Research Libraries as Community Partners

Accessing and evaluating academic research sources can be filled with challenges, especially to those outside of academia or who have already graduated. Fortunately, university libraries remain an important partner in solving information access problems, even for alumni or those currently not affiliated.

Current Opportunity (June 23 – August 5, 2014)

Florida Tech is offering a free Massive Open Online Course, Mastering Academic Research: Information Skills for Successful Students

Florida Tech is offering a free Massive Open Online Course, Mastering Academic Research: Information Skills for Successful Students

Florida Tech is currently offering a free, non-credit, six week Massive Open Online Course (MOOC), to help participants develop skills to “find, evaluate and use information efficiently, effectively and ethically.” Registration is currently open and will remain so throughout the duration of the course. After its completion, participants will be able to access its content. The information literacy specialists at the John H. Evans Library have put together a brilliant set of resources, so I highly recommend taking advantage of it.

Visit the Florida Tech Evans Library Blog for more information and to register.

With this resource, Florida Tech joins a growing number of universities rising to the occasion to help meet and globally address information literacy and access challenges. See the list below.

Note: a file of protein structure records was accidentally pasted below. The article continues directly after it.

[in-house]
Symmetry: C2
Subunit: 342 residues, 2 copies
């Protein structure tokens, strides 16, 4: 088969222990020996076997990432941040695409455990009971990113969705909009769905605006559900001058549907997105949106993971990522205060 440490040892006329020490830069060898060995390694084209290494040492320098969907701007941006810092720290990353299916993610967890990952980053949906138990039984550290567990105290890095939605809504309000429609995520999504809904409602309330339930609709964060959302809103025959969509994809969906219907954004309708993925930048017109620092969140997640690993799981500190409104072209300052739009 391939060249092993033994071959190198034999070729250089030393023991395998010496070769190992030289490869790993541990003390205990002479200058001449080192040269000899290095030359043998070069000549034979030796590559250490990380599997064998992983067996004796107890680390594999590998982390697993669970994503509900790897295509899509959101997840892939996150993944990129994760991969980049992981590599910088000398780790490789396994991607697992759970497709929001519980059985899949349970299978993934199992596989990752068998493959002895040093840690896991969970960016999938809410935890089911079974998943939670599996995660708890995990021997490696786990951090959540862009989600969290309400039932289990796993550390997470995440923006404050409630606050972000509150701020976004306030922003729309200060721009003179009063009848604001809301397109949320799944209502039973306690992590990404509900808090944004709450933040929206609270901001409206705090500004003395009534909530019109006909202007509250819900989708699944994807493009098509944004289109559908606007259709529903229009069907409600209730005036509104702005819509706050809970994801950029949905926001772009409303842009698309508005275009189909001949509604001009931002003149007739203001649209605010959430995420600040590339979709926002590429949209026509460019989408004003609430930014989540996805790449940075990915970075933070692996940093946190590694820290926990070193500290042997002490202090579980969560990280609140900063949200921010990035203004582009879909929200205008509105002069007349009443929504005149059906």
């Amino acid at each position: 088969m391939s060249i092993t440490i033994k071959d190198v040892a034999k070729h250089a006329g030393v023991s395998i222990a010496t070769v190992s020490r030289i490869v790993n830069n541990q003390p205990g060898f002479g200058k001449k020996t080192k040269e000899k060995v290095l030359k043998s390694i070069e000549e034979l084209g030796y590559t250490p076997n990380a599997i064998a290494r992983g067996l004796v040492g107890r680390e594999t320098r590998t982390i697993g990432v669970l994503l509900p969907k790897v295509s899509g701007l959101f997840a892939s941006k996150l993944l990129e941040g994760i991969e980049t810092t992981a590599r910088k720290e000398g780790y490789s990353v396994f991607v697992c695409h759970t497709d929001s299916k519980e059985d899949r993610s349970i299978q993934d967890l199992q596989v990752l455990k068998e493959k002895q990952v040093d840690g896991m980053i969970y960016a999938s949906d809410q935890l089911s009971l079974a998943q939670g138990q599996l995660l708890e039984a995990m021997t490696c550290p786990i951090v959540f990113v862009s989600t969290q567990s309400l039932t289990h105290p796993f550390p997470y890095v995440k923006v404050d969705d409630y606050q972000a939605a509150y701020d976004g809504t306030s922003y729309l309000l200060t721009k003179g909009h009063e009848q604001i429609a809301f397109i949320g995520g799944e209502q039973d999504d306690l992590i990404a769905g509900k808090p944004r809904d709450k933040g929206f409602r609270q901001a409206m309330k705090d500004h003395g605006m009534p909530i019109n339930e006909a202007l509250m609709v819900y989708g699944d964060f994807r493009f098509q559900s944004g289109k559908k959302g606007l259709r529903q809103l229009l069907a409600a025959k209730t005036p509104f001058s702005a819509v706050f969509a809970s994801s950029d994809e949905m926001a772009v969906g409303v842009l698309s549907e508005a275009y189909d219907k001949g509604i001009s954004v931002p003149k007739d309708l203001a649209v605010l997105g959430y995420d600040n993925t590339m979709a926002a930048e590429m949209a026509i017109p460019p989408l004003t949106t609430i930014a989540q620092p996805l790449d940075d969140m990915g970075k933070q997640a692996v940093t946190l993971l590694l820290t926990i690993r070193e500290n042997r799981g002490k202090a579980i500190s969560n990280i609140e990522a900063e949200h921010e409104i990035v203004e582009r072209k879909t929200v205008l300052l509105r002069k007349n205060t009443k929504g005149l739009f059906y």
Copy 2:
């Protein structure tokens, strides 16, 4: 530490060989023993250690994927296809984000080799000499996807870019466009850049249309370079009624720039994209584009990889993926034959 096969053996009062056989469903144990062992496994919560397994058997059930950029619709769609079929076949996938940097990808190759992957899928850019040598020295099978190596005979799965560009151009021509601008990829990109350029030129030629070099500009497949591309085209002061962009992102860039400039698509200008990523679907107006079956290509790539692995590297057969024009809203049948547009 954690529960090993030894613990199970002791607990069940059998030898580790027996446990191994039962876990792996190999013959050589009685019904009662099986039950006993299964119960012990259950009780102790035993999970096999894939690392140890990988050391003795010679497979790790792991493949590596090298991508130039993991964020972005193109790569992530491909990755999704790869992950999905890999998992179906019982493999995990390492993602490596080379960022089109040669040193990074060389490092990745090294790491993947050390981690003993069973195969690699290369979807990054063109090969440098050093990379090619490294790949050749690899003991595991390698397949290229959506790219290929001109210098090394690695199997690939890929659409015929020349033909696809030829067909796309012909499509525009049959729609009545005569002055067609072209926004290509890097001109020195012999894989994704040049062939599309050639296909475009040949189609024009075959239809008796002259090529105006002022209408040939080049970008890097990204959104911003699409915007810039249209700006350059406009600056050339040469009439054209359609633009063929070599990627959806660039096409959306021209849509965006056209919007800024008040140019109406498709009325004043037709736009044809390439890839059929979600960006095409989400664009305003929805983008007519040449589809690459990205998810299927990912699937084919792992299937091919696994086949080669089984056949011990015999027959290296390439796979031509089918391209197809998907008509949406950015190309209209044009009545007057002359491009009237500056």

University Libraries: Your Friend

Libraries at research institutions remain a large and often enthusiastic partner in solving information access problems. While not able to offer the same support to the public as to students and faculty, most institutional libraries offer an alumni program. For non-alumni, community patron memberships are typically available, which may provide on-site access to the library’s subscriptions and holdings. Finally, if neither of these options is available to you, check with your regional public library to see what institutional partnerships might be available to support your research.

If you encounter a reference or article that you cannot obtain through your local institutional or community library, check to see if the item is available through an Interlibrary Loan (ILL). To expand your search, try querying for the resource on the WorldCat web site. Ask a reference librarian for additional assistance with this search.

Research After Graduation: Resources & Information

As the global dialog continues concerning scholarly publishing, open access and the increased shift in favor of electronic distribution of academic research, many university research libraries are rising to the challenge, attempting to ensure their students are as well-prepared as possible to meet these challenges after graduation. Most of these resources are of equal benefit to non-students and the rest of the general public. The following is a growing list, and I hope to continue to add to it.


Government Documents: Applications in Skepticism

Note: the example that follows focuses primarily on UFO claims, but these resources and strategies can be applied to a wide variety of topics related to scientific skepticism.

Ufologist on Campus

United States Capitol in Daylight from Wikimedia Commons

United States Capitol in Daylight
from Wikimedia Commons, by Kevin McCoy (CC BY-SA 2.0)

It was November 2007, and “Extraterrestrial Biological Entities” was the title of the IEEE Student Chapter Guest’s Lecture. Like many other members of the campus community, I didn’t expect extraterrestrial life was outside the realm of possibility, given the size of our universe, but based on my understanding of distances and sheer number of places there aren’t life, I found the idea that we were being visited regularly a little doubtful. But intrigued, I resolved to attend the talk, at least to provide a written evaluation in a skeptical column in the campus newsletter.